The Last Train to Zona Verde is Paul Theroux's compelling account of his final African journey.
Heading north from Cape Town, through South Africa, Namibia, Botswana and Angola, Paul Theroux makes a final journey along Africa's western edge. The end of the line is the Congo but Theroux discovers that his trip's pleasures are tempered by a growing sense that the Africa which so long ago helped form him has vanished, along with the hopes of many of its people. Yet after 2,500 miles Theroux finds that though this will be his ultimate African adventure there are still surprises to be found by the traveller prepared to step off the beaten track.
'A melancholic, farewell journey . . . Theroux does all this inimitably, and more, getting better the more detours he takes' Evening Standard
'Hard to put down, brutal honesty. Theroux proves himself a sharp observer of human foibles and a master of pithy description. The book he has crafted out of his experiences packs plenty of bang' Spectator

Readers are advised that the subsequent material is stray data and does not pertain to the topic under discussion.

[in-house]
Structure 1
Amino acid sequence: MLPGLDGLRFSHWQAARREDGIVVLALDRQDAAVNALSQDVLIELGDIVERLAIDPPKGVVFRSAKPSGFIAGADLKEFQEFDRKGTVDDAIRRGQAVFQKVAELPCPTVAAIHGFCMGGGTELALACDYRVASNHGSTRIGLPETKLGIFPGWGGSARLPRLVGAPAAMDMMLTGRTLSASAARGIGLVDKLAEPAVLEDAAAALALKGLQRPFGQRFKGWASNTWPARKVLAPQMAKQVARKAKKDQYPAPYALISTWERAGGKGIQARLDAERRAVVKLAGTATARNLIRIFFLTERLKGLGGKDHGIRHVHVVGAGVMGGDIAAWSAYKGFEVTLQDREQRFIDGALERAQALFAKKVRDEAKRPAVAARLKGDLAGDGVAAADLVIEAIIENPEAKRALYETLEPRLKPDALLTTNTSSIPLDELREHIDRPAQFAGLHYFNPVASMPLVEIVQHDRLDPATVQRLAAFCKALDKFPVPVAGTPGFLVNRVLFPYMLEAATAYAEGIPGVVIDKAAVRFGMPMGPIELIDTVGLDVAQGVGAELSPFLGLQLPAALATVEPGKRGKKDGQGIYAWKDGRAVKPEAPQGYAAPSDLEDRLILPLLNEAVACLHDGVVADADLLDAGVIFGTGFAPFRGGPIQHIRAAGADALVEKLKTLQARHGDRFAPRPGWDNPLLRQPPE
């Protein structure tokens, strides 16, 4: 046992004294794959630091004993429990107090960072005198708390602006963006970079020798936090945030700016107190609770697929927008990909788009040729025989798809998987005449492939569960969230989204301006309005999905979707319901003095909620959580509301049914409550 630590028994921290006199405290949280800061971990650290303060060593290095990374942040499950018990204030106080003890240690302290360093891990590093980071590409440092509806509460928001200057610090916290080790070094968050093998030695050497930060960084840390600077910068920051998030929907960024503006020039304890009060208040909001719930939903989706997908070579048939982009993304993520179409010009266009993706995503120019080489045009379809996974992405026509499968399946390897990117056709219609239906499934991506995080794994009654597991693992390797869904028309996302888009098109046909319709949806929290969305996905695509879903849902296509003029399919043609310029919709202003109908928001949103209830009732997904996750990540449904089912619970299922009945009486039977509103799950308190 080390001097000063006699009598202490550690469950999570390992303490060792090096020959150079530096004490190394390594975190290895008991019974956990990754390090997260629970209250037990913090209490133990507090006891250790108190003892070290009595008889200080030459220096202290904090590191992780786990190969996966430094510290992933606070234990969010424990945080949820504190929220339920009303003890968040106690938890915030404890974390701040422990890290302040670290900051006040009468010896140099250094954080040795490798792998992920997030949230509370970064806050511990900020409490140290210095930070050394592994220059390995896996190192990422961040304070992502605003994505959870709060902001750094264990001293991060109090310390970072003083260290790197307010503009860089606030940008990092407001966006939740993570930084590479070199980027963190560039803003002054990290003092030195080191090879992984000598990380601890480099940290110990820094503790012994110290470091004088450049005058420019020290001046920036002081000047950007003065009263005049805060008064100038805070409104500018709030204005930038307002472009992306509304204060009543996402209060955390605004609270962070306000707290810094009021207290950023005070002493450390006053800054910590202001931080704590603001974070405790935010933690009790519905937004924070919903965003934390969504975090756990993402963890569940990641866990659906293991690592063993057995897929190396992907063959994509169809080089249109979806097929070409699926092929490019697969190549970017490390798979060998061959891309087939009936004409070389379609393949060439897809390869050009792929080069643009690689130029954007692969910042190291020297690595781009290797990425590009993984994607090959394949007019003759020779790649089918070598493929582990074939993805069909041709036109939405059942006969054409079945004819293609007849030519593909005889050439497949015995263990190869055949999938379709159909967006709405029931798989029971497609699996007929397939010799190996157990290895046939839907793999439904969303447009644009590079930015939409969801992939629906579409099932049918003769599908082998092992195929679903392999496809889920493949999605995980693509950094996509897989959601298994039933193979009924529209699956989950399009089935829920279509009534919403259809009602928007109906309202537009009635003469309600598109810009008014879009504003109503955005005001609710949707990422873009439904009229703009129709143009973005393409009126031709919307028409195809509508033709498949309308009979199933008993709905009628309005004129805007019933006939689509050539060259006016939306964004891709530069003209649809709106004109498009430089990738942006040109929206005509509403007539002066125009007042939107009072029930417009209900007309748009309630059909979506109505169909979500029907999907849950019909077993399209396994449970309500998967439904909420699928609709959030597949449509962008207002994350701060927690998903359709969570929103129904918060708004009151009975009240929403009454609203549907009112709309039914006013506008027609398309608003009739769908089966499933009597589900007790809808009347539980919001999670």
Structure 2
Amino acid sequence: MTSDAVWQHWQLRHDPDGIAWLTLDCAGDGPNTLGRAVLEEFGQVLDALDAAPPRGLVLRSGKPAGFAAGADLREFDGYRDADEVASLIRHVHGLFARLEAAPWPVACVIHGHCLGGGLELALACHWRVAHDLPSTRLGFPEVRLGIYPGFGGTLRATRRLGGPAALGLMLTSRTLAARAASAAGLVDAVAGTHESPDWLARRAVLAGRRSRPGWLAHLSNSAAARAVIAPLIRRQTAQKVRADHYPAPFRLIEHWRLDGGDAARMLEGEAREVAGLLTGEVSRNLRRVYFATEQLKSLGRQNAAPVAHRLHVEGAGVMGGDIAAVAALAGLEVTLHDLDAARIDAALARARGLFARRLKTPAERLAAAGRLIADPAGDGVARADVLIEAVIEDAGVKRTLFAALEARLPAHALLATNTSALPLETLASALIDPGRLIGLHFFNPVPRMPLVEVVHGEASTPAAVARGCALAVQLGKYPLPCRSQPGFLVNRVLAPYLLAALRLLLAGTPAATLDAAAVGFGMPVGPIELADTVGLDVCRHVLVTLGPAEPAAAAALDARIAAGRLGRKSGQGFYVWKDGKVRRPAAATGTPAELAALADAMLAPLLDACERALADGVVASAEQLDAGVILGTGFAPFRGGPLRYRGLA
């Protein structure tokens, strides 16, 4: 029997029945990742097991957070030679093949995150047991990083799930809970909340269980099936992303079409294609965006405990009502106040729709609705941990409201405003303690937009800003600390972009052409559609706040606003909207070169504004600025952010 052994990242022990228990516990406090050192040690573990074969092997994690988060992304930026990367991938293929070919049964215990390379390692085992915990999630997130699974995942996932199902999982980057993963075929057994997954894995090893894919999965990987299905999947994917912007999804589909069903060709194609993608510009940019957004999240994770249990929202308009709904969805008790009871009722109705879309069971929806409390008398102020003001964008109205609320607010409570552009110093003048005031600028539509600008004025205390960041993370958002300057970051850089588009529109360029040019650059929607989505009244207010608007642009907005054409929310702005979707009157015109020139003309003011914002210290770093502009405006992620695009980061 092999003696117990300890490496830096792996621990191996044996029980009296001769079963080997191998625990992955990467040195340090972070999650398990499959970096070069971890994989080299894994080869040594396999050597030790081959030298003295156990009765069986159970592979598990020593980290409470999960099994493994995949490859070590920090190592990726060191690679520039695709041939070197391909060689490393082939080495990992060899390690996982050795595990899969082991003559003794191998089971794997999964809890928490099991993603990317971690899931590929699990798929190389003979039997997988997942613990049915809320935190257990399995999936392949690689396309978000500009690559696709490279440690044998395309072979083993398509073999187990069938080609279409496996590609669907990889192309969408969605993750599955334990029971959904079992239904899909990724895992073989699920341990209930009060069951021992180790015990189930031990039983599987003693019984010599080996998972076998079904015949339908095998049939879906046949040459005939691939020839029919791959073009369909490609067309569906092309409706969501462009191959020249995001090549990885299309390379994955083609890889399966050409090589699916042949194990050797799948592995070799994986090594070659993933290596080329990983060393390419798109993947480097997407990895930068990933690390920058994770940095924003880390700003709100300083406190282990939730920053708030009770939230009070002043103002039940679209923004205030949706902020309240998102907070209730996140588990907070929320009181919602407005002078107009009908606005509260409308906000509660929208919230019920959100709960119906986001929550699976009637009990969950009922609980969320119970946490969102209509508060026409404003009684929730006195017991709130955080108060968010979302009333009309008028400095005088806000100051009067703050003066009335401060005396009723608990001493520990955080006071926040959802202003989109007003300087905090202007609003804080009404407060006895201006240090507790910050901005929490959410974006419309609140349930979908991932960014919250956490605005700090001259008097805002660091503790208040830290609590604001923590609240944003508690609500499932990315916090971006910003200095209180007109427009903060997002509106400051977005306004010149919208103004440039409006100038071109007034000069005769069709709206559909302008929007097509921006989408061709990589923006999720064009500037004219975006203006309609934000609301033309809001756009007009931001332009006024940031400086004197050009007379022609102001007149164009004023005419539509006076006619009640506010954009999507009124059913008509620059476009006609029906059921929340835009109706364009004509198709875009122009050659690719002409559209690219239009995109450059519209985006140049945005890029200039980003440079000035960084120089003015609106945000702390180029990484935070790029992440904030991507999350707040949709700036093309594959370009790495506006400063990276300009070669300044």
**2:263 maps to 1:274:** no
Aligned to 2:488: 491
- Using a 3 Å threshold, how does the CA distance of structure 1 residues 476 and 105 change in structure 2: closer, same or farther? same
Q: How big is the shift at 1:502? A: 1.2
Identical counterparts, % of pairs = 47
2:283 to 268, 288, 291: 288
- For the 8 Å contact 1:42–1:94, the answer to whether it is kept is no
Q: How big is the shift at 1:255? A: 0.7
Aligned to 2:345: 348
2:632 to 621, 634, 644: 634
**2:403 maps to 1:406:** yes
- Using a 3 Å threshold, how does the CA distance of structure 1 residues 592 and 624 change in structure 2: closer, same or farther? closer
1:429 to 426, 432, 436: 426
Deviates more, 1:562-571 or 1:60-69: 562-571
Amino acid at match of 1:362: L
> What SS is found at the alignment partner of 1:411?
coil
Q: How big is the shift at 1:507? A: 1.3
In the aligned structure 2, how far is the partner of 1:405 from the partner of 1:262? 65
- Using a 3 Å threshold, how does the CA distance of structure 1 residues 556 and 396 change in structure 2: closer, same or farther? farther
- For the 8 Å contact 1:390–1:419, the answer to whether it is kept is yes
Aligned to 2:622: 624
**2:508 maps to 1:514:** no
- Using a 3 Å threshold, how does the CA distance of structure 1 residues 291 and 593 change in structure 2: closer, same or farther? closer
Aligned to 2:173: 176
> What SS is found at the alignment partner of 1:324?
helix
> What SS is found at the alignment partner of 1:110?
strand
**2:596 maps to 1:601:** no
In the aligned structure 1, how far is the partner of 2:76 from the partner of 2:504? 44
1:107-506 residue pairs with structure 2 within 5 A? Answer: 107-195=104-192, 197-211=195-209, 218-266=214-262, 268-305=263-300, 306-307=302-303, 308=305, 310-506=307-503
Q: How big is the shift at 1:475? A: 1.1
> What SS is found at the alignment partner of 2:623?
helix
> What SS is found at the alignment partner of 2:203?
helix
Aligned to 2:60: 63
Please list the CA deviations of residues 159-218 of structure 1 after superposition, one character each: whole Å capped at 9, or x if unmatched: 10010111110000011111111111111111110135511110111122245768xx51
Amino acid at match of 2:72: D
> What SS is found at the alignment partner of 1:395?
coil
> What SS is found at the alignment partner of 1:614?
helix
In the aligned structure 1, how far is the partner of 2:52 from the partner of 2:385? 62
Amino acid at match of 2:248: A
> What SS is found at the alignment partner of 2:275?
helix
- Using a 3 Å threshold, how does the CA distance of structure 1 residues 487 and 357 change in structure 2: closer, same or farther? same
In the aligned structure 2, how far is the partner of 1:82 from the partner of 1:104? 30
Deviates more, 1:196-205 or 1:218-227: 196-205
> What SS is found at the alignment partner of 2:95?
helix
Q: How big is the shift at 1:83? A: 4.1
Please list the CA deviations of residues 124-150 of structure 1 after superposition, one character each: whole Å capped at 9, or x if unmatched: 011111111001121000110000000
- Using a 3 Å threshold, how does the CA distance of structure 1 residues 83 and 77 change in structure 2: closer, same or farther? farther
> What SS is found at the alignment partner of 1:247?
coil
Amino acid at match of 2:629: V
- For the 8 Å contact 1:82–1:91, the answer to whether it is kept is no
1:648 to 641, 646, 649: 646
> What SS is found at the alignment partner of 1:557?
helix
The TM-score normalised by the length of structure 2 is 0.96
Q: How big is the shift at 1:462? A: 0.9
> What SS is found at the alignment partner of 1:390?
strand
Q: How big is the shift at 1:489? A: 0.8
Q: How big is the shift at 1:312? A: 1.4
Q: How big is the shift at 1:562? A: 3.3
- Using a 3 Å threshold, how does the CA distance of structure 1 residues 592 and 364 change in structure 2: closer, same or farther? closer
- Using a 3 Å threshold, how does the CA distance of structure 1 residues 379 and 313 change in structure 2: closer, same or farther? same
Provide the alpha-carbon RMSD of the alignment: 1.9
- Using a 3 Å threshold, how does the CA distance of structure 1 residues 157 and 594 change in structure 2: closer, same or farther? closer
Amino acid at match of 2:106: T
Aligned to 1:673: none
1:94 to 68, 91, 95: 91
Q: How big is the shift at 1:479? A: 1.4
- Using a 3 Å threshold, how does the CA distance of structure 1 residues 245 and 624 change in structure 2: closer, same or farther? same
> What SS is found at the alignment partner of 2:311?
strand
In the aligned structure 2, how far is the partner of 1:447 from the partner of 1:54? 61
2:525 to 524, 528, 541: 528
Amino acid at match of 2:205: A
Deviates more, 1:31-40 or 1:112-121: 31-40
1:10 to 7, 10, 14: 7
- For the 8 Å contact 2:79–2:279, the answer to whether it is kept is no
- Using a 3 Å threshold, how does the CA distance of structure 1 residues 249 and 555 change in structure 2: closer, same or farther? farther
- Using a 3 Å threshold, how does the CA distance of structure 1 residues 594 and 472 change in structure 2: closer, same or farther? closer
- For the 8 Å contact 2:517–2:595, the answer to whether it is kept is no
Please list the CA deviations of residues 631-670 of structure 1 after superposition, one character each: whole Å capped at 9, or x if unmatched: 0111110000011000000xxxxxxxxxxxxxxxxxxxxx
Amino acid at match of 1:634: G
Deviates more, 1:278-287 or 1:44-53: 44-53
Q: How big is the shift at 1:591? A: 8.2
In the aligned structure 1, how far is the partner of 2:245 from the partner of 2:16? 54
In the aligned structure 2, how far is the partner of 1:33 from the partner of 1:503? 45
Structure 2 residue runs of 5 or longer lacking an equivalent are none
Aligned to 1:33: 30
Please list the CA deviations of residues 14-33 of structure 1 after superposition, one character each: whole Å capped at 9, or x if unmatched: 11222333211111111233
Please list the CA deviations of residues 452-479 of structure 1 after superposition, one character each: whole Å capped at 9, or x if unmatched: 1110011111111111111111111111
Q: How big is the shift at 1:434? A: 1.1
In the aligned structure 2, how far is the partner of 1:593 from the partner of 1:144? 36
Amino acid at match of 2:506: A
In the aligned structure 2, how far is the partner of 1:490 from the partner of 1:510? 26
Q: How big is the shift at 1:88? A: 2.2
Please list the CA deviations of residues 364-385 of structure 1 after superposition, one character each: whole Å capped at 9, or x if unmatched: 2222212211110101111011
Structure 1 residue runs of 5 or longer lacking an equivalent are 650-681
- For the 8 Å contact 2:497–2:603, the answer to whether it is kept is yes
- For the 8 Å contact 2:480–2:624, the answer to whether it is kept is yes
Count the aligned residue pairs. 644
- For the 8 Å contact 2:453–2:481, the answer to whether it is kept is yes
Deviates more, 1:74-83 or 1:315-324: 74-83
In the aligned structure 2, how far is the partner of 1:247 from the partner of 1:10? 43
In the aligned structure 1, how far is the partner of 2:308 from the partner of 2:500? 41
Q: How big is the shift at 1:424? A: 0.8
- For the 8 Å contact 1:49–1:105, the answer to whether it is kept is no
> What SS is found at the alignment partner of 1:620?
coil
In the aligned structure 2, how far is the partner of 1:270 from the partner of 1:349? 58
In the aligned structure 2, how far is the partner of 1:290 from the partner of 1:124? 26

'As we worry about the future of the continent, there could be no better guide than Theroux . . . his sense that this is his final journey adds to the power' GQ
'Excellent, barbed reportage' Independent
'Probably the most important travel writer of his generation' Sunday Times
ABOUT THE AUTHOR
Paul Theroux was born in Medford, Massachusetts, in 1941, and published his first novel, Waldo, in 1967. He wrote his next three novels, Fong and the Indians, Girls at Play and Jungle Lovers, after a five-year stay in Africa. He subsequently taught at the University of Singapore, and during his three years there produced a collection of short stories, Sinning with Annie, and highly praised novel Saint Jack. His other publications include The Black House (1974), a novel; The Great Railway Bazaar: By Train Through Asia (1975), an account of his journey by train from London to Tokyo and back; The Family Arsenal (1976); The Consul's File (1977); Picture Palace (1978; winnner of the Whitread Literary Award); A Christmans Card (1978; The Old Patagonian Express (1979); World's End and Other Stories (1980); London Snow (1980); The Mosquito Coats, which was the Yorkshire Post Novel of the Year for 1981 and the joint winner of the James Tait Black Memorial Prize; The London Embassy (1982); The Kingdom by the Sea (1983); Doctor Slaughter (1985); Sunrise with Seamonsters (1985); The Imperial Way (1985); O-Zone (1986); Riding the Iron Rooster (1988); My Secret History (1989) and Chicago Loop (1990).
Paul Theroux is married with two children and divides his time between London and Cape Cod.